I'm Michel Martin and this is TELL ME MORE from NPR News. I have some thoughts about that strange story involving Notre Dame football star Manti Te'o and the girlfriend who actually didn't exist. It's my Can I Just Tell You essay and it's in just a few minutes.
I'm Michel Martin and this is TELL ME MORE from NPR News. Coming up, first lady Michelle Obama has taken on issues like childhood obesity and support for military families in the first term, but some feminists argue she should be doing more. We'll look at the politics of being first lady in just a few minutes.
President Obama is just beginning his second term in office and we've been looking at some of the unresolved issues and unfinished business from his first four years. This week, we're turning our attention to foreign policy. Yesterday, we talked about the conflict in Syria. Today, we want to focus on another country where the Arab Spring uprising was not successful. It's a small island that often does not get a lot of attention, but plays an important geopolitical role in the Middle East. We're talking about Bahrain.
Now I want to turn to another conversation about the role women are or should be playing in our national life - or in this case, one woman in particular: The first lady, Michelle Obama. Just as commentators are now talking about the president's second term agenda, we wonder what projects the first lady will take on in these next four years.
Originally published on Thu January 24, 2013 4:45 pm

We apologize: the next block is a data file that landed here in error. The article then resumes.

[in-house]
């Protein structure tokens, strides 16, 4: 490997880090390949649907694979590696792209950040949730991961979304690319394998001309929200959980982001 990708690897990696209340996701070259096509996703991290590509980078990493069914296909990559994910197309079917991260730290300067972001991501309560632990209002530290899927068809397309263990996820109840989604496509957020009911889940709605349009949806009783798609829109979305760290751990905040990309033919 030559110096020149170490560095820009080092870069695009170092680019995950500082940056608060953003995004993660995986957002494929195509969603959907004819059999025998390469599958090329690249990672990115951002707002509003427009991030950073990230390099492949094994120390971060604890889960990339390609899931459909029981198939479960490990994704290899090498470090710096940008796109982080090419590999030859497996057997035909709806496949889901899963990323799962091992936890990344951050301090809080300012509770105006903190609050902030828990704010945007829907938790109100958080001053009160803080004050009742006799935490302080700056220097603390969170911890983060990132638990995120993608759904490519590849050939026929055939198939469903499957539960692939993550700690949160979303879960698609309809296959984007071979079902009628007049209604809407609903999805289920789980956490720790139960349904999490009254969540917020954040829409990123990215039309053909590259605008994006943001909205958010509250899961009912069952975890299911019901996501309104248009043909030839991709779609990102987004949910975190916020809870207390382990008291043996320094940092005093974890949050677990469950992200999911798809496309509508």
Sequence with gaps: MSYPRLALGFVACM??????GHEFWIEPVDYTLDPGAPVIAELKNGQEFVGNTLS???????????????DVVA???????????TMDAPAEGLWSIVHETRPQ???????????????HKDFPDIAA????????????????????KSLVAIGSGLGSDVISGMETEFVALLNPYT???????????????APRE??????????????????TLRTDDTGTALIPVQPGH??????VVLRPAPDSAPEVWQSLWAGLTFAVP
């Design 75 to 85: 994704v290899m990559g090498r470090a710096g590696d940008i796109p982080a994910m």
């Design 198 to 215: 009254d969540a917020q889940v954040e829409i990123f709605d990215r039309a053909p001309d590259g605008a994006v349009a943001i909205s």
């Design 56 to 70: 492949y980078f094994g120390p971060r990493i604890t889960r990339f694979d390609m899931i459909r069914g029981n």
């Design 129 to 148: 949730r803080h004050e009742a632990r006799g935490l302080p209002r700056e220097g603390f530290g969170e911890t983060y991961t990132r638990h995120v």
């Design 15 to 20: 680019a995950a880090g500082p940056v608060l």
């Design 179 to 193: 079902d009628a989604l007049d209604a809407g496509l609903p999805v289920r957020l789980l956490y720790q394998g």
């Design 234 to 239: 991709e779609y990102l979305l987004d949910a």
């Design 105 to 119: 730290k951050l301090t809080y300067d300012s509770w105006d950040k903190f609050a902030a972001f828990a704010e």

In a small border town in northern Syria, there are two groups that both oppose President Bashar Assad's regime. But instead of working in tandem, the Syrian rebels and a Kurdish militia have been battling each other in the town of Ras al-Ayn.
Sally Ali, a 26-year-old resident of Ras al-Ayn, told NPR by phone that the streets are completely empty. "It's a ghost town," she says.
She estimates about half of the town's residents fled to nearby villages; the other half are trapped in their homes by the ongoing violence.
When presented with a tempting buffet of French food, not overeating can be a challenge. But a new study by researchers in Lyon suggests there are strategies that will help people resist temptation.
People trying to keep off excess weight are frequently told that it's better to eat small amounts of food frequently during the day, rather than the typical breakfast, lunch and dinner. The idea is that more frequent eating will stave off hunger pangs that may lead to overeating.